The Weekly Blog: 1/17/07

NOTE: This post was originally published at princetonalumniweekly.blogspot.com/
Just in time

On Jan. 16, Princeton students celebrated Dean’s Date, the biannual deadline for turning in end-of-semester papers, with a 5 p.m. gathering on Chapel Drive that included music from the Princeton Band and tacos and hot chocolate provided by the University. This semester’s last-minute finishers included walkers, runners, a mountain biker, and a half-dozen sneaker-clad streakers who sprinted across McCosh Courtyard at 5:07 p.m.

Cowher shines in Ivy action

Women’s basketball star Meagan Cowher ’08 earned her second consecutive Ivy League Player of the Week award after scoring 31 points and 35 points, respectively, in a Jan. 12 win against Columbia and a Jan. 13 loss to Cornell. Cowher, who is averaging a team-best 19 points and 7.6 rebounds, is now 34 points shy of becoming the 11th Tiger woman to score 1,000 points in her career. With 11 games remaining, she also is on pace to break Sandi Bittler ’90’s single-season scoring record, set in 1988-89. The women’s basketball team returns to action Feb. 2 and 3 with home games against Yale and Brown.

Young scientists at work

Eighth-grader Varnika Atmakuri and eighth-grader William Ying team up during the tower-building event of the N.J. Science Olympiad Jan. 9 at the University. Looking on are post-doctoral student Mark Dobossy, left, and Roland Heck, associate dean of the School of Engineering and Applied Science. More than 500 middle school and high school students took part in the competition.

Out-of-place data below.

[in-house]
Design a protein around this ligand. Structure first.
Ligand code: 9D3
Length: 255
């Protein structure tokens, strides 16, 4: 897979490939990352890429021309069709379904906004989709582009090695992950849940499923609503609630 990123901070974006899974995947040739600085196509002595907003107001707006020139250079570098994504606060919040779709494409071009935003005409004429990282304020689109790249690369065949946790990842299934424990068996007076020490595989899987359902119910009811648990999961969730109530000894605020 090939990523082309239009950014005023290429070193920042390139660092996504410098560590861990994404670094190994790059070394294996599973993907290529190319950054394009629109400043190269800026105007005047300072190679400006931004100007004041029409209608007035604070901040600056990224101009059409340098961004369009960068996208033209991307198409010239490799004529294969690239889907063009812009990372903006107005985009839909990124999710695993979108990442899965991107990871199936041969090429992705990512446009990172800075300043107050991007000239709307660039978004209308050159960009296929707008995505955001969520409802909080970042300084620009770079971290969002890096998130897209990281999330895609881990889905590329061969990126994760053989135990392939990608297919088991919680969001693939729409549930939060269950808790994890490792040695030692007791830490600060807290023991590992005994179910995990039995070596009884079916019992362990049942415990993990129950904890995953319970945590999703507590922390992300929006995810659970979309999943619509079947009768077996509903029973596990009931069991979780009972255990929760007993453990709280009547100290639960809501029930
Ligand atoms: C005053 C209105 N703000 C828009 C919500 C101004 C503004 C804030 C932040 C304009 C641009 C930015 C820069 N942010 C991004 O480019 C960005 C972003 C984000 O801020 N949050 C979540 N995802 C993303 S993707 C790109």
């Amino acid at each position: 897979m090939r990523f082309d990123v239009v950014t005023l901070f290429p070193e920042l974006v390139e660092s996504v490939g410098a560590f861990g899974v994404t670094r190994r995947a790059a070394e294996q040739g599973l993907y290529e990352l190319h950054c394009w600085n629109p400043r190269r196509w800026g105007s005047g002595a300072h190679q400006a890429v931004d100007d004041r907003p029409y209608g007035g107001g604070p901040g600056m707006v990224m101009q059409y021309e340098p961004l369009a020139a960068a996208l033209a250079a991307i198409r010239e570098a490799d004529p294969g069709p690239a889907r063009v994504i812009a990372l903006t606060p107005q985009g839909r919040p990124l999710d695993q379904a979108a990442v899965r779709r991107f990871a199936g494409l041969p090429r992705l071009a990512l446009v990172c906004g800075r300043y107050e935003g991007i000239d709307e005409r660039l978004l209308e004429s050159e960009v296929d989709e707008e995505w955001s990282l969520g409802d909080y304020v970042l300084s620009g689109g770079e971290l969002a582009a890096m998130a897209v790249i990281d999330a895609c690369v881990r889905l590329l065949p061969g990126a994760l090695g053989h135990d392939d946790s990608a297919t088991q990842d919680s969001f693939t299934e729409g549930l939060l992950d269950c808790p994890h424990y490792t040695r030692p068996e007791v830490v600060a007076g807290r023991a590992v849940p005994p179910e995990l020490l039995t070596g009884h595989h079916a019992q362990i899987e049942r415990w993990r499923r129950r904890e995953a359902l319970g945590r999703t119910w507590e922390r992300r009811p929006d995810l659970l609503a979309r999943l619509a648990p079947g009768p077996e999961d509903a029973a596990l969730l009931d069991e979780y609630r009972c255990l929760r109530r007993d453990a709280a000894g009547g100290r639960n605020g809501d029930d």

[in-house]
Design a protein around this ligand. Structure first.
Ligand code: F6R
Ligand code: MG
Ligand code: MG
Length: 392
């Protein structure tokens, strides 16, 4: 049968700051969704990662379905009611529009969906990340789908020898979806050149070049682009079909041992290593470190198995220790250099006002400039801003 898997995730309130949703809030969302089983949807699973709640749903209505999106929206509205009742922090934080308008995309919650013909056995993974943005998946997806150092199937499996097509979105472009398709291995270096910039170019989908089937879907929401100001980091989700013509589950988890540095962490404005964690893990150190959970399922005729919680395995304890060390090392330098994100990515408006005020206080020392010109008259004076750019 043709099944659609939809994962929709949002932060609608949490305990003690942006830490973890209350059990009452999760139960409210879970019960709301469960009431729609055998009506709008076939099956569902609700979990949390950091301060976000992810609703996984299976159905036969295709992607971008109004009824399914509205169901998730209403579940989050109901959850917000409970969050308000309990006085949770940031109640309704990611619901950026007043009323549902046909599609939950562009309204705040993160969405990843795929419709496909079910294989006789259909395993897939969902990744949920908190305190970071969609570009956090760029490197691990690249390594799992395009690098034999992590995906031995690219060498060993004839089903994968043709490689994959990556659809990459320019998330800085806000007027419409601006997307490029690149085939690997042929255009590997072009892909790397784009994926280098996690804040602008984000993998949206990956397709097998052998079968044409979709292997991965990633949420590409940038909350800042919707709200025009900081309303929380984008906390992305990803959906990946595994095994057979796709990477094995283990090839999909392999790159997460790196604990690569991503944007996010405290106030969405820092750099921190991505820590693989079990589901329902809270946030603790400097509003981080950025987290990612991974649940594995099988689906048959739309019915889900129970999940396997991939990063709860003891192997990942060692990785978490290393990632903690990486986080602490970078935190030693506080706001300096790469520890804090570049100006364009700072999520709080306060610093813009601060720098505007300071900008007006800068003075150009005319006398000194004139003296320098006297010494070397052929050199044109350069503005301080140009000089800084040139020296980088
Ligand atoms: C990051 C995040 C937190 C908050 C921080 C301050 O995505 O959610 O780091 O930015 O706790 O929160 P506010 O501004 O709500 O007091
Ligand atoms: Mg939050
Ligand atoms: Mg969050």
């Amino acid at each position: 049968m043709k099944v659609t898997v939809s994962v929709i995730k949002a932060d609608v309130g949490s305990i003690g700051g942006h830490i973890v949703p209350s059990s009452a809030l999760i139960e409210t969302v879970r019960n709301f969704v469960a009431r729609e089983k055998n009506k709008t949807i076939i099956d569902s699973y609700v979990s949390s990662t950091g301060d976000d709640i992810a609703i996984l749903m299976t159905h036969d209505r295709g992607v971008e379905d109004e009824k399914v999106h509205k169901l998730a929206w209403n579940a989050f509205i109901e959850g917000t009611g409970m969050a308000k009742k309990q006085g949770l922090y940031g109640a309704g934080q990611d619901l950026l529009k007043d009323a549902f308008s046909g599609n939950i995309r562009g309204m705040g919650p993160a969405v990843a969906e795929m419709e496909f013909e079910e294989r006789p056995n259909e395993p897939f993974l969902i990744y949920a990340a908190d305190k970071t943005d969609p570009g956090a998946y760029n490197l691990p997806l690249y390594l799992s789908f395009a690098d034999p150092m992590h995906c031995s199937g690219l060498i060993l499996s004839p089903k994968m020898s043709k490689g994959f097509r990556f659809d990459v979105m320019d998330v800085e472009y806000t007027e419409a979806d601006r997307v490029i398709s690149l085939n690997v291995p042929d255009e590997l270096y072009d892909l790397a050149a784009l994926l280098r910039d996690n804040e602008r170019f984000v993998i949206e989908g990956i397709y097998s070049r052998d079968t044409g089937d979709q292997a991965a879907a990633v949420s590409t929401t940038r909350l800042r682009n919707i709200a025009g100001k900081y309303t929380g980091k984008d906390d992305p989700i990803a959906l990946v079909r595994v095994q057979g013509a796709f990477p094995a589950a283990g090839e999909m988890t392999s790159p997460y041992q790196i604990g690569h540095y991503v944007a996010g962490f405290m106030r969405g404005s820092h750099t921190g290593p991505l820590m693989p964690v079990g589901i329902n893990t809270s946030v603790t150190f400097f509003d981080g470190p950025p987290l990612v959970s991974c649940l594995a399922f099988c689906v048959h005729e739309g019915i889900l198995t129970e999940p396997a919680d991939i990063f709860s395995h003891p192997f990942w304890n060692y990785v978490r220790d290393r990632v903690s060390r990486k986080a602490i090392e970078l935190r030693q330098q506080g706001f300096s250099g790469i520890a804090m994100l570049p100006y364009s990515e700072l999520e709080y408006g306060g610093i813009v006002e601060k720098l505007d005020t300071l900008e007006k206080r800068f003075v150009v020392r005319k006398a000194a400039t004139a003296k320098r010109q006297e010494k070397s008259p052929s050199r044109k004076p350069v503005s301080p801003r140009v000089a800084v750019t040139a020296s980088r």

Photo by Frank Wojciechowski

Earth, through the eyes of teens

Alumni Katie Carpenter ’79 (producer) and John Heminway ’66 (executive producer) recently released a two-part documentary, A Year on Earth, which debuted on the Discovery Kids Channel in December and will be screened at the Santa Barbara International Film Festival (Jan. 27 through Feb. 4). The film follows three teenagers as they travel to five continents to “take the pulse of our planet and report back to their generation,” according to the film’s Web site. Carpenter, who was a Ferris Professor of Journalism at Princeton last spring, said students in her documentary filmmaking course had a chance to see the project’s rough cut and “gave excellent notes.” The producers also solicited feedback from experts at the Princeton Environmental Institute. Discovery Education is distributing copies of A Year on Earth to 70,000 schools, and the film is expected to air again on the Discovery networks early in 2007. Check local listings.